plum poems

24Feb14

This year’s spring renshi (連詩) — linked poetry — written in rounds by Kiyoko Ogawa (小川聖子), Yoko Danno, Goro Takano (高野吾朗) and myself.  It’s time for plum blossoms.

1.
こちふかばにほひおこせよ梅の花主(あるじ)なしとて春を忘るな
菅原道真
when the easterly wind blows
send me your scent, ume blossoms,
never forget the spring
even if your master is far away from Kyo.
Sugawara no Michizane (845-903)*
trans. by Kiyoko Ogawa

2.

Mogaribue **

February wind was ferociously blowing
on the night you died.
Never could I forget that spring
when I saw only white flowers.

— Kiyoko Ogawa

* Michizane was relegated to Dazaifu, Kyushu in 901 by Fujiwara no Tokihira’s slander and died there.  He became the deity of Kitano-tenmangu.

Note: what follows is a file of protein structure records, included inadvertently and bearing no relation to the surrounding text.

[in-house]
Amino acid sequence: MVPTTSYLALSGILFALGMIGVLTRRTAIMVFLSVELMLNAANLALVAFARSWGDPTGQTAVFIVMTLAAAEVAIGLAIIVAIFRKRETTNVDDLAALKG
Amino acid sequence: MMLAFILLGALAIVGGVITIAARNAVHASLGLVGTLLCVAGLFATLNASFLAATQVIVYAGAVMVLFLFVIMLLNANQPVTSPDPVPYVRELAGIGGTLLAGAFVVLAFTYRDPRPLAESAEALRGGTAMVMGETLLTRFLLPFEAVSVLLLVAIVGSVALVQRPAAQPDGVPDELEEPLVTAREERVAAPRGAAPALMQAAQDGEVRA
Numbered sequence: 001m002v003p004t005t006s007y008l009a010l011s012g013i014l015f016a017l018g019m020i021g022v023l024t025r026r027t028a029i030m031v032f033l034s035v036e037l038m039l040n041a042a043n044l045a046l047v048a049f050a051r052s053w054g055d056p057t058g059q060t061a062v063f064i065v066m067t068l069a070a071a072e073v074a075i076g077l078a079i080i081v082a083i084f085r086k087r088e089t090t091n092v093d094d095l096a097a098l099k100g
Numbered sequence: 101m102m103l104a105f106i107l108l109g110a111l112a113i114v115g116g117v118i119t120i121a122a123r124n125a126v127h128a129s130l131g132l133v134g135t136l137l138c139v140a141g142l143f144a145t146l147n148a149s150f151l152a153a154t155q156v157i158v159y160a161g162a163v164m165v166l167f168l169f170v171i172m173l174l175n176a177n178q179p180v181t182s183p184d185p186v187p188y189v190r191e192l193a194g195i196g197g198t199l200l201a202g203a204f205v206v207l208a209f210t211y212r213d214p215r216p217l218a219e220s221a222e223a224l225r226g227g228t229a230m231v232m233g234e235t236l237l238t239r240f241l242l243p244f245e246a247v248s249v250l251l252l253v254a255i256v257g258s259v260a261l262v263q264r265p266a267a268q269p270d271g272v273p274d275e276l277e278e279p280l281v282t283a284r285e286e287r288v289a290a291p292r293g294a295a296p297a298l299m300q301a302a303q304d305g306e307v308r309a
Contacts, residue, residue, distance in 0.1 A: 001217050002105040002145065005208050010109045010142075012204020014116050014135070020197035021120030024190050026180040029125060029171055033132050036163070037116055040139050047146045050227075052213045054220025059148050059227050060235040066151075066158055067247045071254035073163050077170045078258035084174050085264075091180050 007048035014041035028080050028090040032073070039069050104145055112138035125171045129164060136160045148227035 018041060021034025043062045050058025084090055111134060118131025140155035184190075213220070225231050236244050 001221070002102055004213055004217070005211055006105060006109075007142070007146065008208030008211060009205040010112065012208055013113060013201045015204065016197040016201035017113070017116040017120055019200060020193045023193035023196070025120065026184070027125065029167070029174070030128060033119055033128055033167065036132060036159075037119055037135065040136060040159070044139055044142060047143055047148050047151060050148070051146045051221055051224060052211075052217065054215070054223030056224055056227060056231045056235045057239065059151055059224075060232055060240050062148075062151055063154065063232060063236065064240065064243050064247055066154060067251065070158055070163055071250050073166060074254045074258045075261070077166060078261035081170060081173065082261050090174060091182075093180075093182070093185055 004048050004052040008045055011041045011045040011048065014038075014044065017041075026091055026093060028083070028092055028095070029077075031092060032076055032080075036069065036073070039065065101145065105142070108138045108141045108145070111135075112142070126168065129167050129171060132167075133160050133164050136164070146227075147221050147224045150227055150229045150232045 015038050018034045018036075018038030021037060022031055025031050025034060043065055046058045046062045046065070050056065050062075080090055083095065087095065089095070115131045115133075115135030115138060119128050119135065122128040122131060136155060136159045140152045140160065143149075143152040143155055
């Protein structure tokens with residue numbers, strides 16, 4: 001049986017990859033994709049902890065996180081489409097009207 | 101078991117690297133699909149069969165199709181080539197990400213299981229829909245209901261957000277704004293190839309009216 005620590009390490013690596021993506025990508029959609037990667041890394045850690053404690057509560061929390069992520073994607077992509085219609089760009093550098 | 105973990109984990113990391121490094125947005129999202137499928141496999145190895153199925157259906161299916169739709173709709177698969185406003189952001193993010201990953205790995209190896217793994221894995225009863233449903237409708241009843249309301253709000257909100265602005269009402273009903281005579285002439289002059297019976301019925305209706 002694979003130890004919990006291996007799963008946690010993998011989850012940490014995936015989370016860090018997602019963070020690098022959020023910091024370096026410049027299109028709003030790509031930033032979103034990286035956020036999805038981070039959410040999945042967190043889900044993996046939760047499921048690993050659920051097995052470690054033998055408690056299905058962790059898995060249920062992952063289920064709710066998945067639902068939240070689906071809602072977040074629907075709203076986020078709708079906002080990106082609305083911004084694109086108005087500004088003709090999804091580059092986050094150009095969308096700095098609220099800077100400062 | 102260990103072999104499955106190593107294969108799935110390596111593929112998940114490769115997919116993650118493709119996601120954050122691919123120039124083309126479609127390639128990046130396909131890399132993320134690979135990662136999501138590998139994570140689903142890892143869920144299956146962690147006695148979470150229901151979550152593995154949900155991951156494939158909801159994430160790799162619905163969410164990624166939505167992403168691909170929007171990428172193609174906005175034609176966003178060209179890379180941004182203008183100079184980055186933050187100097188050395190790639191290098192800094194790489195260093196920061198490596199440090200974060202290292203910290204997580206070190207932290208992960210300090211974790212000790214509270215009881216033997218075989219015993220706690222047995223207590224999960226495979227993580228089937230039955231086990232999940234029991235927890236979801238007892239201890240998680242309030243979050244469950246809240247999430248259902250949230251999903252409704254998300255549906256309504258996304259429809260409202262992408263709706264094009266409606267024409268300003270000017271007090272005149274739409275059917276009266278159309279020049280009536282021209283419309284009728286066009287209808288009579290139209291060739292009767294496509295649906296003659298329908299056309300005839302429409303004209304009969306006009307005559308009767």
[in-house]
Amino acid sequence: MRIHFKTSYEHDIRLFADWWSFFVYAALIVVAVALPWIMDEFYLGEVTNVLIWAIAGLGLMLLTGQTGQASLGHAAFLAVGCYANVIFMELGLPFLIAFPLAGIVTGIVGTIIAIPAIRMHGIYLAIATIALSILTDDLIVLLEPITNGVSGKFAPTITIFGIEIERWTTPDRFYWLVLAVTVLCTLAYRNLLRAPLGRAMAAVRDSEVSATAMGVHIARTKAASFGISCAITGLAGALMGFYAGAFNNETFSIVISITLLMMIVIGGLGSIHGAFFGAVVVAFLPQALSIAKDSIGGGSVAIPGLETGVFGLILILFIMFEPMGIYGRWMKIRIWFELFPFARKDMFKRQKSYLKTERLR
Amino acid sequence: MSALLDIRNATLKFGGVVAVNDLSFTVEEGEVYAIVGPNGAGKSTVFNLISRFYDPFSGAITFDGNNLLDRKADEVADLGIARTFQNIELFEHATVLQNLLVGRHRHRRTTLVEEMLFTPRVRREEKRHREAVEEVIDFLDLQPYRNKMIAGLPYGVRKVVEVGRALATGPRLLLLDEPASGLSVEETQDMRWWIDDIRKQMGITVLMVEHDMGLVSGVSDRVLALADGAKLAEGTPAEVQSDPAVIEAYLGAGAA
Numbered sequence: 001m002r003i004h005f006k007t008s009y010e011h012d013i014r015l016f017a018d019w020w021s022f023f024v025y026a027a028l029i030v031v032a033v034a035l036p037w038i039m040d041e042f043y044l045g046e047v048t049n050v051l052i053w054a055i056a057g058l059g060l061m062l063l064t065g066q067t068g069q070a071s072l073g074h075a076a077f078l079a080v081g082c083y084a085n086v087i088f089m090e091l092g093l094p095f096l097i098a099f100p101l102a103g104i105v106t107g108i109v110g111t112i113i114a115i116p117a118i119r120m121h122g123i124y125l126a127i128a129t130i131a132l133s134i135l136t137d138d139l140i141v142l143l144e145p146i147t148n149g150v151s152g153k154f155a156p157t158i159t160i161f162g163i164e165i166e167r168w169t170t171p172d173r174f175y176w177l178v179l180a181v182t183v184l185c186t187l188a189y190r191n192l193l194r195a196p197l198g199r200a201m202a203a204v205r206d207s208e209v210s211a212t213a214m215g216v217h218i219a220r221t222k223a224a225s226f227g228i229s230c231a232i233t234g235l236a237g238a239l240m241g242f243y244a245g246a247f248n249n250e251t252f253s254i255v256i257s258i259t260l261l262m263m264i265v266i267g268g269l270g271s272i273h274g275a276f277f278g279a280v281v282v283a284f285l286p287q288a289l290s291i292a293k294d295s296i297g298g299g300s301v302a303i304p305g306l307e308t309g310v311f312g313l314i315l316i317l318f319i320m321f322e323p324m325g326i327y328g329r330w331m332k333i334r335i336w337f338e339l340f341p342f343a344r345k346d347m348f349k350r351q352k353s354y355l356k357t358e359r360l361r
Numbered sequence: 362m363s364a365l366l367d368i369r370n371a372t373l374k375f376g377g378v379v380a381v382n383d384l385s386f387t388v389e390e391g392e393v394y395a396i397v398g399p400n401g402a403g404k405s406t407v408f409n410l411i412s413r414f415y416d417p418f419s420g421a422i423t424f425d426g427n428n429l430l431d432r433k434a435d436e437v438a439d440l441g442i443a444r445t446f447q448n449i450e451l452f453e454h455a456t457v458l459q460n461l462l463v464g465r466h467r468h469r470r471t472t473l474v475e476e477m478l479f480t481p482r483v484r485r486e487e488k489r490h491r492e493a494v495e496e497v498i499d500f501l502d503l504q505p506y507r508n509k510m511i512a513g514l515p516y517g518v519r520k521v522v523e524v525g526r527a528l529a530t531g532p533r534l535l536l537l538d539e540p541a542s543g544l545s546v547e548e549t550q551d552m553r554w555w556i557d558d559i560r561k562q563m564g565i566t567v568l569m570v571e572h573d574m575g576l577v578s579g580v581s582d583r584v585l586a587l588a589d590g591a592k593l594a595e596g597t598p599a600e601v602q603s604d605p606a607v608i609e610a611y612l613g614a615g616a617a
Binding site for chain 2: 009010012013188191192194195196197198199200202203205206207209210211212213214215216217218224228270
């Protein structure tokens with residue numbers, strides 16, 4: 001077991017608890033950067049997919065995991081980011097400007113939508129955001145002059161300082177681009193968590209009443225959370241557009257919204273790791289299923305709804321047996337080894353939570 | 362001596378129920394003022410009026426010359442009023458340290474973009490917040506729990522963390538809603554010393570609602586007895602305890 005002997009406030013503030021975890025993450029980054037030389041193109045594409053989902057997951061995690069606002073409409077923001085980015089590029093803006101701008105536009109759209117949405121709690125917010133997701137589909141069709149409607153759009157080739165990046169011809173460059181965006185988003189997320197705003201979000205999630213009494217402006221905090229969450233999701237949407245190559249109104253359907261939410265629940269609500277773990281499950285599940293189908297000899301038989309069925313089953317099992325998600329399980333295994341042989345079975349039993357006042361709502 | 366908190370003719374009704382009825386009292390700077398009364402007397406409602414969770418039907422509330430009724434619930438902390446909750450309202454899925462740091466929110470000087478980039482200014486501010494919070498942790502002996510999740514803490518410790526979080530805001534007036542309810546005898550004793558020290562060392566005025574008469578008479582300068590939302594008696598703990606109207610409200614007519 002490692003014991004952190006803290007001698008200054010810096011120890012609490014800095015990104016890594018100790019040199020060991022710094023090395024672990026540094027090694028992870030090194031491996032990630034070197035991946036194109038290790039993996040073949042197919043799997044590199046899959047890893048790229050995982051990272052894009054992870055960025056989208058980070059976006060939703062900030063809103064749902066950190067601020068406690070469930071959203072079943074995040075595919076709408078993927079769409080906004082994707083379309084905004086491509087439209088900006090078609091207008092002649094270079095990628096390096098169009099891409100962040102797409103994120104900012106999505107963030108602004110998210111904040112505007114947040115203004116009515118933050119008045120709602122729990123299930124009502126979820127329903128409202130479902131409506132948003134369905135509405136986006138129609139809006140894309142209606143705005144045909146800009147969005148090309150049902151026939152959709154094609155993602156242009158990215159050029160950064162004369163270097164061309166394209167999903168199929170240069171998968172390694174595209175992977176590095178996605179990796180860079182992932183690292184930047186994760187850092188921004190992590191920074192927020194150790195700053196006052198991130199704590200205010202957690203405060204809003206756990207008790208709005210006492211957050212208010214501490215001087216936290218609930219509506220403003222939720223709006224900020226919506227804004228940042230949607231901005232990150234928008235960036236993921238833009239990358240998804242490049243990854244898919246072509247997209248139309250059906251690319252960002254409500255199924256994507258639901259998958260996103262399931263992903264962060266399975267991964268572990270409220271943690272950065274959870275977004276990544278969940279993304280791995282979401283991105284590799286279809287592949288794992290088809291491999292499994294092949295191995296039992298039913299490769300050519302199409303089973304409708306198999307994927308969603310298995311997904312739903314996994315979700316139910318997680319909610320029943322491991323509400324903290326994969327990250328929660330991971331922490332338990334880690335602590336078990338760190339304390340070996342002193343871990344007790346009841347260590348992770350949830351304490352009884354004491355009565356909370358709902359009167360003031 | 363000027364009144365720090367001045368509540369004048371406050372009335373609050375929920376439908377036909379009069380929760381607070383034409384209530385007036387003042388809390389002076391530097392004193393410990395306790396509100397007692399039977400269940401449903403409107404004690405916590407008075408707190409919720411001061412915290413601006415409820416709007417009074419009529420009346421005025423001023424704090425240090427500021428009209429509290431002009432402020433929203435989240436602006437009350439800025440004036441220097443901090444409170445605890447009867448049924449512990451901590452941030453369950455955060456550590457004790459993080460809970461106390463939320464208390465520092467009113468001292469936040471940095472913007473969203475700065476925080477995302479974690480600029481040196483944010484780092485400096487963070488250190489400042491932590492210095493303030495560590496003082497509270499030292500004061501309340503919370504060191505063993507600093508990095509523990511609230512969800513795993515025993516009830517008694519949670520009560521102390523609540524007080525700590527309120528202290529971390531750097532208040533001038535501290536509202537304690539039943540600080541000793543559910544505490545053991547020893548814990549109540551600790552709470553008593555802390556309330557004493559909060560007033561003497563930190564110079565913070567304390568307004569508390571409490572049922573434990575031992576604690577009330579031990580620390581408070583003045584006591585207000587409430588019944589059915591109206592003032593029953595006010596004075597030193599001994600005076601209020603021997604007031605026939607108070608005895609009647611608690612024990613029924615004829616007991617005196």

** The winter gale sending out piping sounds. 虎落笛

3.

Her hair streaming in the wind
from the valley of death, she wears
on her breast a blue forget-me-not
― a. k. a. scorpion grass.

— Yoko Danno

4.

Joycean Twist:

When my days of sex and scorpions are over
The leftover of my sperms will fall
Faintly through the universe upon
All the living and the dead in my mind

          — Goro Takano

5.
A corpse riot
All the dead in my mind
are pummeled away in spring
when the corpses of ume flowers
exhume themselves from their black bark graves.

— Trane DeVore



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